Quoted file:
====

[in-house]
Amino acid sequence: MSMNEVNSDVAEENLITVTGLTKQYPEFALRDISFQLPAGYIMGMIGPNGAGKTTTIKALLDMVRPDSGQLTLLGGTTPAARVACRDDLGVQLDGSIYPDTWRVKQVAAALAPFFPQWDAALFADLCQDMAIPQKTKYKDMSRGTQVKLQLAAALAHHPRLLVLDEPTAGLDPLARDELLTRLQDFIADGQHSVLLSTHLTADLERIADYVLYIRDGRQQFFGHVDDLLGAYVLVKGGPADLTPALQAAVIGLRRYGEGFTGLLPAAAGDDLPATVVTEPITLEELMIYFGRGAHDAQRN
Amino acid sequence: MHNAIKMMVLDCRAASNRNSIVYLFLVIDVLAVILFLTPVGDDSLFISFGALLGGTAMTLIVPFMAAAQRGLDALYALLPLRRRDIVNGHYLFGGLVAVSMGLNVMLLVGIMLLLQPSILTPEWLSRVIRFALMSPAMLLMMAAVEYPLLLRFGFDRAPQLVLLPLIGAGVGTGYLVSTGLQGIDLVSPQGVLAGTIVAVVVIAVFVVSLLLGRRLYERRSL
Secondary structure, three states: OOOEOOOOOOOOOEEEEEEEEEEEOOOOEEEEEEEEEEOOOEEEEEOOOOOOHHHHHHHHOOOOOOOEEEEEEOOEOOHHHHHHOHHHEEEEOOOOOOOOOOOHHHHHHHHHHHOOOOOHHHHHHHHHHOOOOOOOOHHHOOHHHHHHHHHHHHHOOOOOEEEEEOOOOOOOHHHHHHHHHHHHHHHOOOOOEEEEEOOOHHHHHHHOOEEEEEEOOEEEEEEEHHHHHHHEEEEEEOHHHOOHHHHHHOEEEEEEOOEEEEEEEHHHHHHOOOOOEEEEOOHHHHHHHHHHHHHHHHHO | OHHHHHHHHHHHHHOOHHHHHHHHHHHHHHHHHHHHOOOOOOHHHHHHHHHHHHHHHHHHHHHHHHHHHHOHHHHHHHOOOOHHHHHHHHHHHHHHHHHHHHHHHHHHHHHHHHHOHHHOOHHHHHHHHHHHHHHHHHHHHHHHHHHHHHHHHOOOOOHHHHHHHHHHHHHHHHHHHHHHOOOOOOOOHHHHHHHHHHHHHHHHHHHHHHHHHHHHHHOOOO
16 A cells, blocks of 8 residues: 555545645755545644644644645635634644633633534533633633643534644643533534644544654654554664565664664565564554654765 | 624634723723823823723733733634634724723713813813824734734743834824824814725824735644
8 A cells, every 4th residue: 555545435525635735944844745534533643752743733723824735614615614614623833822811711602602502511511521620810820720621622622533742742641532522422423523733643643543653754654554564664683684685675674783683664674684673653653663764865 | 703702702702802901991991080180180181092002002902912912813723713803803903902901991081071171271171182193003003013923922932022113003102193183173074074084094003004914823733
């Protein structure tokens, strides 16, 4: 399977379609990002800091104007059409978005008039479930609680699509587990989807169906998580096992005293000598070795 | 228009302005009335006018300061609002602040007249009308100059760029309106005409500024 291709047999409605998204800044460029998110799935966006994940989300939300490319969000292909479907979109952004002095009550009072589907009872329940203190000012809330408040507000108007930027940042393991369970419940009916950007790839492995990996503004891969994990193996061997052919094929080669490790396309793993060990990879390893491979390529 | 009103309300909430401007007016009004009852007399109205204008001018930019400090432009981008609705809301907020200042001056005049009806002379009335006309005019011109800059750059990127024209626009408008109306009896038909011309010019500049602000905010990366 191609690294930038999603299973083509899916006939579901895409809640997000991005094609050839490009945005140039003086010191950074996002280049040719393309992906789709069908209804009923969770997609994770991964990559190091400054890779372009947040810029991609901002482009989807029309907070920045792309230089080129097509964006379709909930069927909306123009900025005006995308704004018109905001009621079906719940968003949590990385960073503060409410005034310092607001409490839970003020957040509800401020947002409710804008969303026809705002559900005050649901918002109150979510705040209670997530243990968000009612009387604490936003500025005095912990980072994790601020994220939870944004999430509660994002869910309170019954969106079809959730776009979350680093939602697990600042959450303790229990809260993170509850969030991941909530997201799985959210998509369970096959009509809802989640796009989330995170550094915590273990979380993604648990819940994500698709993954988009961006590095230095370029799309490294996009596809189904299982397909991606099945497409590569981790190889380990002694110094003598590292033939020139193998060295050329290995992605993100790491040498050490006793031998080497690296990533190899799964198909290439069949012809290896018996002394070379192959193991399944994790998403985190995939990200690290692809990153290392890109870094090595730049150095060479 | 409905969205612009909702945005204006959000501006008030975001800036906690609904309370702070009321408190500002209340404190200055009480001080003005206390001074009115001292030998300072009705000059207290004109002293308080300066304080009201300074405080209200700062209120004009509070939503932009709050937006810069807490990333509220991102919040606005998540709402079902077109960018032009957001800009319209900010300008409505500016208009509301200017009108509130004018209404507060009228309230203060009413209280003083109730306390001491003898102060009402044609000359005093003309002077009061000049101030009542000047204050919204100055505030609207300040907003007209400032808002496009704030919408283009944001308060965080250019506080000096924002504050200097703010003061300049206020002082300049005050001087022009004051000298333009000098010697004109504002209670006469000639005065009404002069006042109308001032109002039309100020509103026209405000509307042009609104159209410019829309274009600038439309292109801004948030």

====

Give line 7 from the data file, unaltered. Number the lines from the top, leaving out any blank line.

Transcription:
């Protein structure tokens, strides 16, 4: 399977379609990002800091104007059409978005008039479930609680699509587990989807169906998580096992005293000598070795 | 228009302005009335006018300061609002602040007249009308100059760029309106005409500024 291709047999409605998204800044460029998110799935966006994940989300939300490319969000292909479907979109952004002095009550009072589907009872329940203190000012809330408040507000108007930027940042393991369970419940009916950007790839492995990996503004891969994990193996061997052919094929080669490790396309793993060990990879390893491979390529 | 009103309300909430401007007016009004009852007399109205204008001018930019400090432009981008609705809301907020200042001056005049009806002379009335006309005019011109800059750059990127024209626009408008109306009896038909011309010019500049602000905010990366 191609690294930038999603299973083509899916006939579901895409809640997000991005094609050839490009945005140039003086010191950074996002280049040719393309992906789709069908209804009923969770997609994770991964990559190091400054890779372009947040810029991609901002482009989807029309907070920045792309230089080129097509964006379709909930069927909306123009900025005006995308704004018109905001009621079906719940968003949590990385960073503060409410005034310092607001409490839970003020957040509800401020947002409710804008969303026809705002559900005050649901918002109150979510705040209670997530243990968000009612009387604490936003500025005095912990980072994790601020994220939870944004999430509660994002869910309170019954969106079809959730776009979350680093939602697990600042959450303790229990809260993170509850969030991941909530997201799985959210998509369970096959009509809802989640796009989330995170550094915590273990979380993604648990819940994500698709993954988009961006590095230095370029799309490294996009596809189904299982397909991606099945497409590569981790190889380990002694110094003598590292033939020139193998060295050329290995992605993100790491040498050490006793031998080497690296990533190899799964198909290439069949012809290896018996002394070379192959193991399944994790998403985190995939990200690290692809990153290392890109870094090595730049150095060479 | 409905969205612009909702945005204006959000501006008030975001800036906690609904309370702070009321408190500002209340404190200055009480001080003005206390001074009115001292030998300072009705000059207290004109002293308080300066304080009201300074405080209200700062209120004009509070939503932009709050937006810069807490990333509220991102919040606005998540709402079902077109960018032009957001800009319209900010300008409505500016208009509301200017009108509130004018209404507060009228309230203060009413209280003083109730306390001491003898102060009402044609000359005093003309002077009061000049101030009542000047204050919204100055505030609207300040907003007209400032808002496009704030919408283009944001308060965080250019506080000096924002504050200097703010003061300049206020002082300049005050001087022009004051000298333009000098010697004109504002209670006469000639005065009404002069006042109308001032109002039309100020509103026209405000509307042009609104159209410019829309274009600038439309292109801004948030």